Struggles – Amish Tour and Backroads Century

Much as I enjoy cycling, there will always be difficult rides, and two on my calendar this year certainly qualified! If anything, I can say that when I struggle it’s my own fault. I’ve had plenty of experience, I’ve completed over 100 century rides since I started riding them, and by now I should know what kind of things to do and not to do.

Amish Tour is a ride I hadn’t done in years, mostly because it happens on the same weekend as the Maine Lighthouse Ride, which I’ve done for the past few years. This year I stayed in the area, so I decided to ride it again with my friend Ron. This year, just before we headed out, Ron got an eye infection. So he had some issues with driving – and I not only drove, but I had to pull him along for 100 miles because he wasn’t seeing well. It was a decent weekend, but stressful for both of us. I think next time something of that sort happens, the best move would be to cancel!

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In front of the Delaware State House with Ron before the Amish Tour.

Backroads was a different kind of trouble.  I bonked. Blew up. Hit the wall. It was a hot day, and I had been drinking the night before. This is something I should have avoided. I’m not an alcoholic or a hard drinker by habit, but I had too many pints, which were good in the moment, but less so in the long run. So I suffered needlessly. I cramped – HARD.  That isn’t what I wanted from any ride, and certainly I wanted more from that ride. I knew better. I also knew it wasn’t my last event of the year, so I hoped to end the season on a happier note.

 

Redemption – The Seagull Century

I have often written about the Seagull. There have been years when it represented my only actual vacation time for the year. This year I hadn’t gone to Maine, or anywhere else outside the area for that matter.  That’s something I shouldn’t do, but this year it made having a good Seagull weekend a little more important to me. As it happens, the weather was cool and bright – perfect conditions. I enjoyed the entire weekend. Many of the people I commonly ride with weren’t there, but I rode with John, Tony and Jim, who we met at Indian Head.  I was prepared. My ride was strong and fast, the perfect way to end the year. There is so much to a big event like the Seagull that can’t be explained in a blog post, but I have always felt the positives of this event and the good memories made it worth riding. As my last event of the year, it felt like I redeemed myself for the mistakes I made at the Backroads Century.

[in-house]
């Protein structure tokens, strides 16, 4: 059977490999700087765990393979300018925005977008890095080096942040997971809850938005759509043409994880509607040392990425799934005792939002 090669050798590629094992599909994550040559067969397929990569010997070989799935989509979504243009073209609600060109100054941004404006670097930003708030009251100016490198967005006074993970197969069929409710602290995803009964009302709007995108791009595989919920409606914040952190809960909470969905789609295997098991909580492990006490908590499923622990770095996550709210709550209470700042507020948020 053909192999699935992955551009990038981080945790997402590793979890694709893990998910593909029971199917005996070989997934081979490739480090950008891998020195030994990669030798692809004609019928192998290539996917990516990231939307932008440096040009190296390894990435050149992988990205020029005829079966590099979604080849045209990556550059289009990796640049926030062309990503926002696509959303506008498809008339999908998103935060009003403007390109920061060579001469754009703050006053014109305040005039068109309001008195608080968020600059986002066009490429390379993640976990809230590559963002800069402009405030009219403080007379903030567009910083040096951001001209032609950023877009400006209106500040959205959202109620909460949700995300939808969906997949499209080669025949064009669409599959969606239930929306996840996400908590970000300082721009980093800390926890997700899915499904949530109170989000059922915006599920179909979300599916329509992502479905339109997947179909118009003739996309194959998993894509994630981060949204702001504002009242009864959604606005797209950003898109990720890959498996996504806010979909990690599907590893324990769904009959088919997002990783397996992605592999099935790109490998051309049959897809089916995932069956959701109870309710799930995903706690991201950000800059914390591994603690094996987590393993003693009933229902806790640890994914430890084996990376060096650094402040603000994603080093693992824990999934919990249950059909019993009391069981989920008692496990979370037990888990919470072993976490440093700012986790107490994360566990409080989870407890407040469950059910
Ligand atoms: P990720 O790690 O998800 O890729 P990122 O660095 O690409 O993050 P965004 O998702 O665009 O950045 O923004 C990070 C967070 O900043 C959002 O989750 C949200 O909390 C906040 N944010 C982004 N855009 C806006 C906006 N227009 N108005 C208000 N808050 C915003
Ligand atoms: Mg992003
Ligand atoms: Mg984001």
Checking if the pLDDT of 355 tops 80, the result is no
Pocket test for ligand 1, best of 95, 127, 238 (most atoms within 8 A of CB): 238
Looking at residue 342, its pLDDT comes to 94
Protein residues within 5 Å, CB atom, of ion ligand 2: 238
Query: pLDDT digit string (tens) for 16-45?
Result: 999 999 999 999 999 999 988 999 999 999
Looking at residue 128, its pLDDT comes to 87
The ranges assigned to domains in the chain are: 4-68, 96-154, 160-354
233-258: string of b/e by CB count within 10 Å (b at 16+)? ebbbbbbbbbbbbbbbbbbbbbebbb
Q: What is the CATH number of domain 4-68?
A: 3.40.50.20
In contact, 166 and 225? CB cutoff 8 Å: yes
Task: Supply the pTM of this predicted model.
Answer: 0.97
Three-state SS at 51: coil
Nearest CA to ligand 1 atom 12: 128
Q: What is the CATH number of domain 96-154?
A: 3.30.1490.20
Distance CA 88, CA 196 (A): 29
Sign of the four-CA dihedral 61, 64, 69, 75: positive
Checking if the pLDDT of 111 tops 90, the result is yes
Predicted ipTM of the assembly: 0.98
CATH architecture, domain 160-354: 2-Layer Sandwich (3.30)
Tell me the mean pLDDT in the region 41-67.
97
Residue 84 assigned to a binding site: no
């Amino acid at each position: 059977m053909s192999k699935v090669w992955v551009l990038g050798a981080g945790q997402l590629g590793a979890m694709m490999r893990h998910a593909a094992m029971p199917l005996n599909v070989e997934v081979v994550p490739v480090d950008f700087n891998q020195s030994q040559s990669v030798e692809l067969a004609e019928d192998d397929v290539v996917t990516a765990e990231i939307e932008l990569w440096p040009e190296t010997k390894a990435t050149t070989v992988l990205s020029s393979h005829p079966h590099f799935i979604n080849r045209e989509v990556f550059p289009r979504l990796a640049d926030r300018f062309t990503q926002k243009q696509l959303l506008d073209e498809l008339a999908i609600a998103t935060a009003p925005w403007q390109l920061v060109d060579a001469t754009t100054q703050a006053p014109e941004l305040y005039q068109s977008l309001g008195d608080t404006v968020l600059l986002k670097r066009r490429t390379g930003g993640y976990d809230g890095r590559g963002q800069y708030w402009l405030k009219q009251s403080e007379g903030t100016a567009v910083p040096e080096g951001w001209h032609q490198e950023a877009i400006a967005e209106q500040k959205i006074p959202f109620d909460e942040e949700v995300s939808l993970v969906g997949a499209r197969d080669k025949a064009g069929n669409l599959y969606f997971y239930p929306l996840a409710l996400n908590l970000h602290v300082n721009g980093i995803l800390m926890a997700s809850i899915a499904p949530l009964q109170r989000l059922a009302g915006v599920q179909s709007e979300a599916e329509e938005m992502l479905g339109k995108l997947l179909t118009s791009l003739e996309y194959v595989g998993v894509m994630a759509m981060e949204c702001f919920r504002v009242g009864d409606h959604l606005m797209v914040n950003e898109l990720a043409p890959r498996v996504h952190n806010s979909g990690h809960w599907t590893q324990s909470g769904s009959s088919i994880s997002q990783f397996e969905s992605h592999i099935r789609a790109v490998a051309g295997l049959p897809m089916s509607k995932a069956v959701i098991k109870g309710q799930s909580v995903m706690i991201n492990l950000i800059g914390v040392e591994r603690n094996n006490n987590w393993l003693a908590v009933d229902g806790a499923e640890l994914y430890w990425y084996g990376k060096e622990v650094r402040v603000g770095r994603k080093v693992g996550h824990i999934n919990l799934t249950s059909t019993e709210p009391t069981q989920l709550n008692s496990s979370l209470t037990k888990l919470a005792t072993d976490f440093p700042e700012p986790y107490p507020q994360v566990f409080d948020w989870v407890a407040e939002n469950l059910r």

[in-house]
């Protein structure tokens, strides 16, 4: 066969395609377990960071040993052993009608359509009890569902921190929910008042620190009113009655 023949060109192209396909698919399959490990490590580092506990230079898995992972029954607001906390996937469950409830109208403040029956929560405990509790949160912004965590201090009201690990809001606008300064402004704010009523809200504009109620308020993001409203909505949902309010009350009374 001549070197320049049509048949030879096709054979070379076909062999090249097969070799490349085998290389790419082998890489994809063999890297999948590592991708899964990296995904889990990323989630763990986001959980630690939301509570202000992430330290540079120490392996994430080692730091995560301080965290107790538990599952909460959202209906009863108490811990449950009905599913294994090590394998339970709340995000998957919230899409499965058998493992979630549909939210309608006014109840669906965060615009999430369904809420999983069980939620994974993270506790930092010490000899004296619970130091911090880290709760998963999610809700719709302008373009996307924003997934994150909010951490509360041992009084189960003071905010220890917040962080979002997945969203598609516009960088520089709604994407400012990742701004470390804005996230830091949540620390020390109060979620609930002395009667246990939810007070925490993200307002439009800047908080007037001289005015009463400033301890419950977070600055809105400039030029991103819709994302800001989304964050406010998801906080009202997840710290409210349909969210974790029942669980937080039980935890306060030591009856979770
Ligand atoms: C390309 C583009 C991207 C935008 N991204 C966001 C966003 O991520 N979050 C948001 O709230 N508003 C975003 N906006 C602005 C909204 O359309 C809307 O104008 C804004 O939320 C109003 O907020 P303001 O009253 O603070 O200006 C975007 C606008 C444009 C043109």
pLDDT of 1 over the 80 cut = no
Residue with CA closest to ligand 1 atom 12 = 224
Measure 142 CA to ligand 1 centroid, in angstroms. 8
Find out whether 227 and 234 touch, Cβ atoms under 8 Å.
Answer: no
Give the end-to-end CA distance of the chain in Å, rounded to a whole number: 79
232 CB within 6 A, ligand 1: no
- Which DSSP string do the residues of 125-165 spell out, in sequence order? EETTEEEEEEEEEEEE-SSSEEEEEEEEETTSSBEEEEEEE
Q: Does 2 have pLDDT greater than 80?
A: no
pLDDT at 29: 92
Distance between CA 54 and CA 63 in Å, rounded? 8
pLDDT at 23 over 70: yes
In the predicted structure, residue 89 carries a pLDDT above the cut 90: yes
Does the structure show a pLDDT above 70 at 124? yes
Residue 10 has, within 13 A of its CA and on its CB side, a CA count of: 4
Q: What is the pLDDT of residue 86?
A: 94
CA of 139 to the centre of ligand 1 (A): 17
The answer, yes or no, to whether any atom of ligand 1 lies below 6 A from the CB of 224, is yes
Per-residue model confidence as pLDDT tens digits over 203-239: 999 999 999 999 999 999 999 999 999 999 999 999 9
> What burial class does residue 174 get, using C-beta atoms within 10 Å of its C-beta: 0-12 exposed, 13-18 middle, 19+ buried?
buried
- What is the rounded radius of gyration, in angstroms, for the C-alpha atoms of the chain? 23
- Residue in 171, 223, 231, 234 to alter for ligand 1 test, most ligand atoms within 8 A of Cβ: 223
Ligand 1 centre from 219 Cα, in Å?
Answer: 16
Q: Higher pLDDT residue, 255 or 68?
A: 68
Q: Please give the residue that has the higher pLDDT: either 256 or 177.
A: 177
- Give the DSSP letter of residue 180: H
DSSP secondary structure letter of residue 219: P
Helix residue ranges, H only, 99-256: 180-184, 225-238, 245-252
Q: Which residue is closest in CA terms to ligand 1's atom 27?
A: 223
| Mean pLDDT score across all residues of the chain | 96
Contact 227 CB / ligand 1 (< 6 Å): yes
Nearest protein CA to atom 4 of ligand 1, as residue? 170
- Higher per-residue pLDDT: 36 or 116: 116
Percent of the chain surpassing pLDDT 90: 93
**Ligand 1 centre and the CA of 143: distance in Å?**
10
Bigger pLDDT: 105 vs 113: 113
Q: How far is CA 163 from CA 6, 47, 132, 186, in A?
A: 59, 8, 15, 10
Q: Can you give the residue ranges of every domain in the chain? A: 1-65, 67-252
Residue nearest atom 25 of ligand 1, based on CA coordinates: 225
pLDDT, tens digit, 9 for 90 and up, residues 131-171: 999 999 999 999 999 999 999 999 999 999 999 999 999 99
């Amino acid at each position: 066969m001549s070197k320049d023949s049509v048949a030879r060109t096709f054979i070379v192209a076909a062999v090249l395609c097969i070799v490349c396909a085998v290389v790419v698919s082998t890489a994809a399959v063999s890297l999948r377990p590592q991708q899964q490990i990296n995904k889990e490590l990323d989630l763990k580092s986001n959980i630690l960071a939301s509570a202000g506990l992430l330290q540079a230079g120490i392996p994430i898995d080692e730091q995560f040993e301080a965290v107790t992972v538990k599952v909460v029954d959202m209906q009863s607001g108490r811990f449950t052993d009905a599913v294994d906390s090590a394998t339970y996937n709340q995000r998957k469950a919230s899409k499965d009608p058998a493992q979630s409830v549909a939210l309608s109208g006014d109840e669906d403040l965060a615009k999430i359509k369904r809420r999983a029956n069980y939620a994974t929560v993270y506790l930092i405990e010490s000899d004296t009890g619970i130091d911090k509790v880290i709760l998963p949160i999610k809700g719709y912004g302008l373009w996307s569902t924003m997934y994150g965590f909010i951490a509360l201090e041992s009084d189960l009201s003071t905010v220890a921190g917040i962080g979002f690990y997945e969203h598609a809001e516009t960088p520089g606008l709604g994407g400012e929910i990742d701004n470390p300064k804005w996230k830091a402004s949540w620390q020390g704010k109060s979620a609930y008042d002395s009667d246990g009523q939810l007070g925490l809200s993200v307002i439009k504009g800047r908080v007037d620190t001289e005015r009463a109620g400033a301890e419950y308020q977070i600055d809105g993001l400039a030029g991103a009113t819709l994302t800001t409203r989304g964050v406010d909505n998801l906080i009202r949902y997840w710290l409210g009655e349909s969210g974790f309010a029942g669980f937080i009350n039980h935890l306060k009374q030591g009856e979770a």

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Tony, Jim, Myself and John on Assateague Island at the Seagull Century.

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With Tony in the beer garden at the Seagull Century after the ride.

Reward – Riding for the soul as the season changes

After I’m done with events for the year, while I’m still riding strong and the weather is still good and the leaves are turning, I ride for the soul. These are often the best rides of the year. I go where I most enjoy riding, and instead of riding hard, I ride at a pace that lets me enjoy the scenery.  This “soul riding” is all about the time, the company and the pure enjoyment a bicycle gives you.  I satisfy my soul riding in the Agricultural Reserve in Montgomery County Maryland.  I managed to ride up Sugarloaf Mountain for the first time this year, and took the time to enjoy the landscape and this enjoyable way of moving through it.